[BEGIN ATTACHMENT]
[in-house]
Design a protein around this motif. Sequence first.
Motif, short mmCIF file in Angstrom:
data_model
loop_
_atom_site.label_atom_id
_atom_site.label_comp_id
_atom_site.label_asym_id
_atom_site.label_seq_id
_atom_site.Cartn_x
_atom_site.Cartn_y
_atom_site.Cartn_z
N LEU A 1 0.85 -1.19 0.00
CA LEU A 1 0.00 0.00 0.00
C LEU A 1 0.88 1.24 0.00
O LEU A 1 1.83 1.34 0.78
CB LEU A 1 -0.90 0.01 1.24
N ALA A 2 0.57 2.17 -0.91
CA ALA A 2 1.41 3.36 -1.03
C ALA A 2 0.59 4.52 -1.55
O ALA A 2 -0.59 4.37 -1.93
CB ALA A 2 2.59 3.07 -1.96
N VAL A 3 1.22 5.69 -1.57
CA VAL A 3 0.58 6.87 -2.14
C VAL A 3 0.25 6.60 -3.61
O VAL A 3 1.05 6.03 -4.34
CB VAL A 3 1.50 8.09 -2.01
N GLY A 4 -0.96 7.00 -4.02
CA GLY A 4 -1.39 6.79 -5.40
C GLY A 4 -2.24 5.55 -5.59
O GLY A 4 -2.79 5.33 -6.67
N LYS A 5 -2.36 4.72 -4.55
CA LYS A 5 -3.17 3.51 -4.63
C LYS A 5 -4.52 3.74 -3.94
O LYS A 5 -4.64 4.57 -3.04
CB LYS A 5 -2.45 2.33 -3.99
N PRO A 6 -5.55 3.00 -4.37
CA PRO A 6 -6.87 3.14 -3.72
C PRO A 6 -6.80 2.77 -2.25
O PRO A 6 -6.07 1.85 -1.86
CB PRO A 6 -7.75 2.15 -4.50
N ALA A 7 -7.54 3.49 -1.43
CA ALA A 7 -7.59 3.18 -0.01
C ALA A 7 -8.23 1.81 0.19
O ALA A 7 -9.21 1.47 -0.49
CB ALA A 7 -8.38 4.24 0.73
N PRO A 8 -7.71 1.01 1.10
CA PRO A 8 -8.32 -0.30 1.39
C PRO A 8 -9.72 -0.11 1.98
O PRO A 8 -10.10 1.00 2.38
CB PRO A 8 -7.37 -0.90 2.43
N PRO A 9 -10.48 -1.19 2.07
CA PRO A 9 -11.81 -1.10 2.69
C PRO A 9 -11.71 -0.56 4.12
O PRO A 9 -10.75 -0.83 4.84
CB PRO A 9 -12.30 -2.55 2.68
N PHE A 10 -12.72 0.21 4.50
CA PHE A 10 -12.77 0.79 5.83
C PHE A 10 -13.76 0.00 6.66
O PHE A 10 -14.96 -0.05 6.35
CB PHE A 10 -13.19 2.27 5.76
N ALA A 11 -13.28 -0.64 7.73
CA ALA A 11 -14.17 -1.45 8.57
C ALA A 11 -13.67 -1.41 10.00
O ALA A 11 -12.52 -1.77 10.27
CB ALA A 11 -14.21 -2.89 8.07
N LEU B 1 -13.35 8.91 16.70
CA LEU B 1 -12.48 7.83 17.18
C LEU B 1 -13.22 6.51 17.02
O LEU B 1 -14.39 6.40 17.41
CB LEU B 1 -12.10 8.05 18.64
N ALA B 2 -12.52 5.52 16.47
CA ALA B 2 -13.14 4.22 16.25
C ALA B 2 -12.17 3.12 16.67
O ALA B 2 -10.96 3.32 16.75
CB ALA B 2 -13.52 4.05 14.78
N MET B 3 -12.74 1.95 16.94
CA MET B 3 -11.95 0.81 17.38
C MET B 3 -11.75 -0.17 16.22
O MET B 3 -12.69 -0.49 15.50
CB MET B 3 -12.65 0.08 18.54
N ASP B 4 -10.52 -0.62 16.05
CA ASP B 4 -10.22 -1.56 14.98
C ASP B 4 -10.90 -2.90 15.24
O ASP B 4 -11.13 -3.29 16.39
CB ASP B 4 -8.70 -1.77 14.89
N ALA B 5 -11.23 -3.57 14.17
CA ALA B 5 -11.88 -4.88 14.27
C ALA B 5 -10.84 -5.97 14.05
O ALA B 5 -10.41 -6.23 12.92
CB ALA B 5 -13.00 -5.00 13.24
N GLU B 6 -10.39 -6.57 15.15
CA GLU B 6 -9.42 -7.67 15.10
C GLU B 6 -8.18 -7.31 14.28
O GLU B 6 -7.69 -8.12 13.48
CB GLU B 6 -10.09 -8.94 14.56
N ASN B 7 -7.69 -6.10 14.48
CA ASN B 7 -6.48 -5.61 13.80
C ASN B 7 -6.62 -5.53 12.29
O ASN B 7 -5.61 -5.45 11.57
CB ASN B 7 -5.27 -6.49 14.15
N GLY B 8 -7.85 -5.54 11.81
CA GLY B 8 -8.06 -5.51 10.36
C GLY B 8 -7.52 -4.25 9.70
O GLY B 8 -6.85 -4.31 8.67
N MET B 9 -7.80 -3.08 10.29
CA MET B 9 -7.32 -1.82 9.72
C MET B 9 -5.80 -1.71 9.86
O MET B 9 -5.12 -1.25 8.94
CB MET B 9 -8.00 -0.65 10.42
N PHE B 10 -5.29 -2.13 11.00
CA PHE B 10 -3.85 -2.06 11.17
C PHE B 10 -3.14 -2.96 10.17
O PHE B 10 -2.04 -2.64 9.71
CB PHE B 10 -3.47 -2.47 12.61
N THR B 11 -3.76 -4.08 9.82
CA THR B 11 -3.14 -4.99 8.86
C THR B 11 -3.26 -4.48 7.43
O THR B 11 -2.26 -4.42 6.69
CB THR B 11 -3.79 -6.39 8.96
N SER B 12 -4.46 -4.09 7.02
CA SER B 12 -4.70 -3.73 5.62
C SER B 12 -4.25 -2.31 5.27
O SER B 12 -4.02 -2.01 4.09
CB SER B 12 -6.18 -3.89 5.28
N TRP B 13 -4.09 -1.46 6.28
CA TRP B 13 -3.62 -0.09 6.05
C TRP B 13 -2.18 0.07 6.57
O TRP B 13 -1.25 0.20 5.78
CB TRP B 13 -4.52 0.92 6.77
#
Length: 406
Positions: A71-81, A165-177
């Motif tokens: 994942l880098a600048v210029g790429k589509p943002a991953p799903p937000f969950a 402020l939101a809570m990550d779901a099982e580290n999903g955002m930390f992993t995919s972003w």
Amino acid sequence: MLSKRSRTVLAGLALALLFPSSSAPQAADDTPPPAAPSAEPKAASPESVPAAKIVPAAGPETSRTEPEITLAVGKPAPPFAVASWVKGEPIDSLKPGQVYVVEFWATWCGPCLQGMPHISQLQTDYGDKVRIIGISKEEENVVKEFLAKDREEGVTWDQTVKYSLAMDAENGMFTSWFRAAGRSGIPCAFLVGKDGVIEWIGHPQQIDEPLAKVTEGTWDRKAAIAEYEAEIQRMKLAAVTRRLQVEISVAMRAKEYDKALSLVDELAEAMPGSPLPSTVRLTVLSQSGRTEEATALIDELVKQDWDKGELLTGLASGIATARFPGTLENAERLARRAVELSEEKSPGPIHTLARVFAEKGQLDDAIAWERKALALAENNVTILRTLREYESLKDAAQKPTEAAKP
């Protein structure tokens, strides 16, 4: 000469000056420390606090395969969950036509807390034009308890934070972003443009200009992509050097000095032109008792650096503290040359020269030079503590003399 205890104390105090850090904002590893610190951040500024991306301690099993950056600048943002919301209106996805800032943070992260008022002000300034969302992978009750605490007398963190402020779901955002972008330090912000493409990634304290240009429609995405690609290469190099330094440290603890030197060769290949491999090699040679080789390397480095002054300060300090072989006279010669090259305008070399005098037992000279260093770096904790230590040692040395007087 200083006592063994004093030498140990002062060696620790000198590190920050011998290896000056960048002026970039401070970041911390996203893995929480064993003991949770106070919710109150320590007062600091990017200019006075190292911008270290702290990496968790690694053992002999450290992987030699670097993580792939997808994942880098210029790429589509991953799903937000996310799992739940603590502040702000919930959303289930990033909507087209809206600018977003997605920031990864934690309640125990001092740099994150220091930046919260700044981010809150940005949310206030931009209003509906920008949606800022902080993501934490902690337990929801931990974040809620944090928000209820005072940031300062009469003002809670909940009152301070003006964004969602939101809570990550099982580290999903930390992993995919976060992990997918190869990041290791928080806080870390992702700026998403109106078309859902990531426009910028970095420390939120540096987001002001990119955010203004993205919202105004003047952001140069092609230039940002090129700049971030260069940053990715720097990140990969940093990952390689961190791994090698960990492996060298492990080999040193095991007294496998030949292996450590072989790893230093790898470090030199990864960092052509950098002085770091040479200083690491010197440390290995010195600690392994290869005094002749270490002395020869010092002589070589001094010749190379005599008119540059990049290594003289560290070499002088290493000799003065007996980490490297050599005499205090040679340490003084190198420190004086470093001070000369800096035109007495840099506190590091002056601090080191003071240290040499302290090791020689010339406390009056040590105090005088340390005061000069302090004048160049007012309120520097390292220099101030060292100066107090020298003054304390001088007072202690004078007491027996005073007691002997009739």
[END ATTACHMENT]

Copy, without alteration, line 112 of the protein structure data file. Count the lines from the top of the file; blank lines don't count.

CA PHE B 10 -3.85 -2.06 11.17